- Hyperspace Is a Scary Place: Traveling in hyperspace while being close to a big gravity source (like a planet) can kill you because the jumps are affected by gravity, which means your route will end in the wrong place if you don't correctly account for gravity sources. When Toran tries multiple Blind Jumps, he nearly kills them by ending up near a red giant star. Hours/days of calculations reduces the risk of ending up inside another star.
- I Just Want to Have Friends: The Mule tells Bayta Darell that he went through his entire childhood and adolescence without anyone ever liking him "naturally" (as opposed to being forced to do so by his psychic powers). Not until he's well into his twenties does he meet Bayta, who has genuine affection for him. He's so overwhelmed by the feeling of just being liked that he inadvertently, carelessly, lets her ruin his plans for conquering the Second Foundation.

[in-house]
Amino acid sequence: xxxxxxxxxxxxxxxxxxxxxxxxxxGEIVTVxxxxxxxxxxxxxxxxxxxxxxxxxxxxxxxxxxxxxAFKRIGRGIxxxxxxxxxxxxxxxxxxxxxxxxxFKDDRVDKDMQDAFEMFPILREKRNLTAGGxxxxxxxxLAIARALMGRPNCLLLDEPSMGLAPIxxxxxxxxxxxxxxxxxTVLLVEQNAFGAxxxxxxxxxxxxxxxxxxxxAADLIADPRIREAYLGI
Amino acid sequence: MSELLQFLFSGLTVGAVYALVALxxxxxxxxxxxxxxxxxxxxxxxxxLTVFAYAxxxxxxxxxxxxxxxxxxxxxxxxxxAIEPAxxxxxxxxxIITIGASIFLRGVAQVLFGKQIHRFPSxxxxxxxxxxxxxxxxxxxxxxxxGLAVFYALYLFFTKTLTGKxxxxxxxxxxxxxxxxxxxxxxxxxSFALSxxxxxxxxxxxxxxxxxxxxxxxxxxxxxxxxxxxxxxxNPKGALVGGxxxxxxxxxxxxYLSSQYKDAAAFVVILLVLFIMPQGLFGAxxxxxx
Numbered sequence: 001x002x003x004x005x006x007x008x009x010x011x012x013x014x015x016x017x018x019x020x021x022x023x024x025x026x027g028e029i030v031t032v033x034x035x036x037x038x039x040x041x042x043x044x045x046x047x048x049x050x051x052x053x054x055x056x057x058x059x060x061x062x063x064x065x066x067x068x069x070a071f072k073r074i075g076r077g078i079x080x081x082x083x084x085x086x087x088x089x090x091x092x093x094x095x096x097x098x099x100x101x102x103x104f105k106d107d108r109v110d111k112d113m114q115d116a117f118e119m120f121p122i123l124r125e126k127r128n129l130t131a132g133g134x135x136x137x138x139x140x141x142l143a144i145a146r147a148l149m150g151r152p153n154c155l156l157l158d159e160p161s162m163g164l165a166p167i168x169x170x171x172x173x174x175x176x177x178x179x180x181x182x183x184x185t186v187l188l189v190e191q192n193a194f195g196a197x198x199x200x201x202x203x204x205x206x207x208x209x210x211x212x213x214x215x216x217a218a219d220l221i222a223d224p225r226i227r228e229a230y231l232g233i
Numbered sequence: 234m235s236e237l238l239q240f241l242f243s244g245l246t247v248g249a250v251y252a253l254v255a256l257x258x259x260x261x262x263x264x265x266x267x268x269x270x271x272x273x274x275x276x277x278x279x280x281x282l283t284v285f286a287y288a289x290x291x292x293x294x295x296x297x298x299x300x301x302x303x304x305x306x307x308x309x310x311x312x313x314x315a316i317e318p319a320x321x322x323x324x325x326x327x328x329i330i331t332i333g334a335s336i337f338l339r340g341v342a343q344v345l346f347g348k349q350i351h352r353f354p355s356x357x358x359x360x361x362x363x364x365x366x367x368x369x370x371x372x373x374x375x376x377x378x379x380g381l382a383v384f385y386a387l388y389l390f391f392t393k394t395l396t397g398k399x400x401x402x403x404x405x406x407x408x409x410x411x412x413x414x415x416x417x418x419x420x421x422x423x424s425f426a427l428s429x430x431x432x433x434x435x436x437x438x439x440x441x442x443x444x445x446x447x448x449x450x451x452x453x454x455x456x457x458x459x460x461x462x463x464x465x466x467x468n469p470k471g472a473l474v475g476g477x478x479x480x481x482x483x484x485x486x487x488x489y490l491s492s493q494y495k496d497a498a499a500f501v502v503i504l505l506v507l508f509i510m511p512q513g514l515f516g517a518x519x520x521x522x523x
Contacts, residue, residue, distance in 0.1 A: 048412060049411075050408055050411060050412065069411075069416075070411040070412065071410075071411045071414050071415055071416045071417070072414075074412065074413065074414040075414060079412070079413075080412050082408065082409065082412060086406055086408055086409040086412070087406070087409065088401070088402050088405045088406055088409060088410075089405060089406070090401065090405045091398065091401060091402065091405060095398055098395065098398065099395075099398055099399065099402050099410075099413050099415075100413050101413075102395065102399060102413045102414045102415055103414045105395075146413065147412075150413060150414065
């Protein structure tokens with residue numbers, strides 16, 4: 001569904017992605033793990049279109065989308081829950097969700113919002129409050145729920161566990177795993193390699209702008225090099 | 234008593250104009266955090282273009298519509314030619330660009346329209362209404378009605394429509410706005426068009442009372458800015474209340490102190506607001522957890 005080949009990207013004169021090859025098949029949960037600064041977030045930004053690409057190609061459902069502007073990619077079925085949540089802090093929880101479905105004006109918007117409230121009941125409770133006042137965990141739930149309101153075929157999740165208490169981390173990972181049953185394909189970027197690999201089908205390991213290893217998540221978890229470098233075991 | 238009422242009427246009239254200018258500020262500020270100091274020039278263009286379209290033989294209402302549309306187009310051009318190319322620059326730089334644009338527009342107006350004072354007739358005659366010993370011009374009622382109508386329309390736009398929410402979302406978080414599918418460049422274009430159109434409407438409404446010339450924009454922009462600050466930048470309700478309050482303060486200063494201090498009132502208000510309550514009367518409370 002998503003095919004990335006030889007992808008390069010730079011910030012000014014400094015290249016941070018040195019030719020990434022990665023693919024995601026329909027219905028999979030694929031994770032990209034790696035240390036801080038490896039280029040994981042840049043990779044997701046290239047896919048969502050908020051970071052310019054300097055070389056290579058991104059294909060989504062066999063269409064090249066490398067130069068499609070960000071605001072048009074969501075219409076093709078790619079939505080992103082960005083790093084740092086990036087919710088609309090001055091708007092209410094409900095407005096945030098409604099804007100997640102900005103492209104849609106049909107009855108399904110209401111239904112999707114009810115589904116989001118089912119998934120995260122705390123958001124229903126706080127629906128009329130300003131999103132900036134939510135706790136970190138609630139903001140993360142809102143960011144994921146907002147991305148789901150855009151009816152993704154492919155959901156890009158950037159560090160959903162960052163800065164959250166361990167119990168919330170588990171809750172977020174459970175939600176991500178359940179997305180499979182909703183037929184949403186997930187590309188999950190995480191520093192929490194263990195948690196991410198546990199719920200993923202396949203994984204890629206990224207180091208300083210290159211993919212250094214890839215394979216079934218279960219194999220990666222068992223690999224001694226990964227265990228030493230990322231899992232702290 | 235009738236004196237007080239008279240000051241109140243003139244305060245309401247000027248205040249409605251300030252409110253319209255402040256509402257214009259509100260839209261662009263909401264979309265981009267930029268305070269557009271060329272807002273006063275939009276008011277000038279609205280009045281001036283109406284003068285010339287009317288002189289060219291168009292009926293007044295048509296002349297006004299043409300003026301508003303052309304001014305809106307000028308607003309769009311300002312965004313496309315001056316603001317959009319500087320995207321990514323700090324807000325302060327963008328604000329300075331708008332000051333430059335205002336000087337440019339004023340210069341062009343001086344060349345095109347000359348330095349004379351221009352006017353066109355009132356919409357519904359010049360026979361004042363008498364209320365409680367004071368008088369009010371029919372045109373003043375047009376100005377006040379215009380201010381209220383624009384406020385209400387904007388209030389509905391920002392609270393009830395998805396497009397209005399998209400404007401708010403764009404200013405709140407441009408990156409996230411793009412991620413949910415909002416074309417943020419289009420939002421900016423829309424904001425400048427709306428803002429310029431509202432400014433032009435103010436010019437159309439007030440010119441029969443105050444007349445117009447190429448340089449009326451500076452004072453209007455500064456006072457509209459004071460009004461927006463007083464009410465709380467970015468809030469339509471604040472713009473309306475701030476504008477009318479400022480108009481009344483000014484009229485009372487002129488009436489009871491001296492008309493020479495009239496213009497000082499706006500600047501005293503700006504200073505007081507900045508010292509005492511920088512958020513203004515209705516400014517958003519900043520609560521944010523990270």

- I Thought Everyone Could Do That: At the climax, the Mule mentions that it took him awhile to figure out that other people couldn't manipulate emotions, perhaps because, according to Foundation's Edge, he was from a planet where everyone really could do that, though he was unique in his willingness to do so without considering the well-being of the people being manipulated.
- Inferiority Superiority Complex: The Mule is a mutant with powerful psychic abilities... but they also come with a hefty dose of physical inferiority, leading to an aggressive personality angry at the society which used to scorn him as a child and capable of repaying it. This leads to him becoming a Galactic Conquerer and Woobie, Destroyer of Worlds.